This requirement will not only put some unexpected cash in the pockets of long-suffering premium payers, it will shine a light on which insurance companies are failing to spend the money you send them on your actual health care.
Value Based Purchasing – Beginning October 1, the Medicare Value-Based Purchasing Program (VBP) will link payments made by Medicare to health care providers to the quality of the outcome they achieve. The program also includes the ‘bundled payments’ you’ve heard so much about.
VBP is more important than you might initially realize. Currently, we have far too many people –about 30 percent of all patients– checking out of hospitals only to check back in a month later. Let that sink in for a moment. Almost one of every three patients who leave a hospital will be back in a month. And we wonder why we spend so much on health care!
And when that patient comes back to the hospital, the hospital once again begins to run up the tab.
Pursuant the rules taking effect in October, this will no longer be the case. If a Medicare participant checks into the hospital for triple-bypass heart surgery, the hospital is going to be paid a set fee for the procedure. If the patient is sent home with insufficient directions to properly care for themselves during the post-surgery period, and is thus required to return to the hospital when things go wrong, the hospital is not going to be paid again. Accordingly, the hospital now has every incentive to do the job right the first time and make sure that the patient has the information necessary to continue improving upon release—including making sure the patient is going to follow-up visits with his or her doctor. The result is a healthier patient and much less spent in recidivist returns to the hospital.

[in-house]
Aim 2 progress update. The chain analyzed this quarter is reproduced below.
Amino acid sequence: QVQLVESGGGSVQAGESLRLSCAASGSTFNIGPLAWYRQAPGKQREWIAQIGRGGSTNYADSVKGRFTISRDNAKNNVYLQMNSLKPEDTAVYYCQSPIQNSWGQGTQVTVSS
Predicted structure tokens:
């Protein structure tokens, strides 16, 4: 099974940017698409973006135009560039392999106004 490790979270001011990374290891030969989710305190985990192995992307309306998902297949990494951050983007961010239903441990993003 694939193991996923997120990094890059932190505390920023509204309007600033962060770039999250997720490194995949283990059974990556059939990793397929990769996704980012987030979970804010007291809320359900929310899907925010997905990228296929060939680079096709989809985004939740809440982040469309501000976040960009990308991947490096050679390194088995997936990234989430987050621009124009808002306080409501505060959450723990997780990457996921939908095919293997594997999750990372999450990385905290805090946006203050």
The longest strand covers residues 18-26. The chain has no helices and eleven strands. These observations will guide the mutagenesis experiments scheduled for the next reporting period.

Electronic Health Records – Also coming on-line in October are the requirements that will force medical providers to get serious about using electronic medical records that will ‘hook up’ physicians to better track the health care their patients have been receiving.
Anyone who has ever been subjected to multiple blood tests as a result of seeing two different physicians within a short time understands how often duplicate tests are performed for no good reason and at great expense.
Now, when a patient goes for an annual physical in May and then is required to see a cardiologist in June, the cardiologist, via an electronic health care records system, will have access to the recent blood test results taken just two months earlier, allowing the doctor to avoid re-testing.
The potential for savings is huge.
What we see is that 2012 is the year where the ACA begins to seriously take on the high cost of medicine in America – an effort that even the most ardent critic of Obamacare should be supporting.
Whether or not these measures will achieve the desired results remains to be seen. However, the next time someone tries to convince you that health care reform does not tackle our costs problem, I hope you’ll refer them to this data and suggest that their own self-interest requires that they root for these measures to work.
Our health care system really does depend upon it.
To view this article by Rick Ungar for Forbes, please visit http://www.forbes.com/sites/rickungar/2012/01/19/this-is-the-year-obamacare-takes-on-out-of-control-health-care-costs/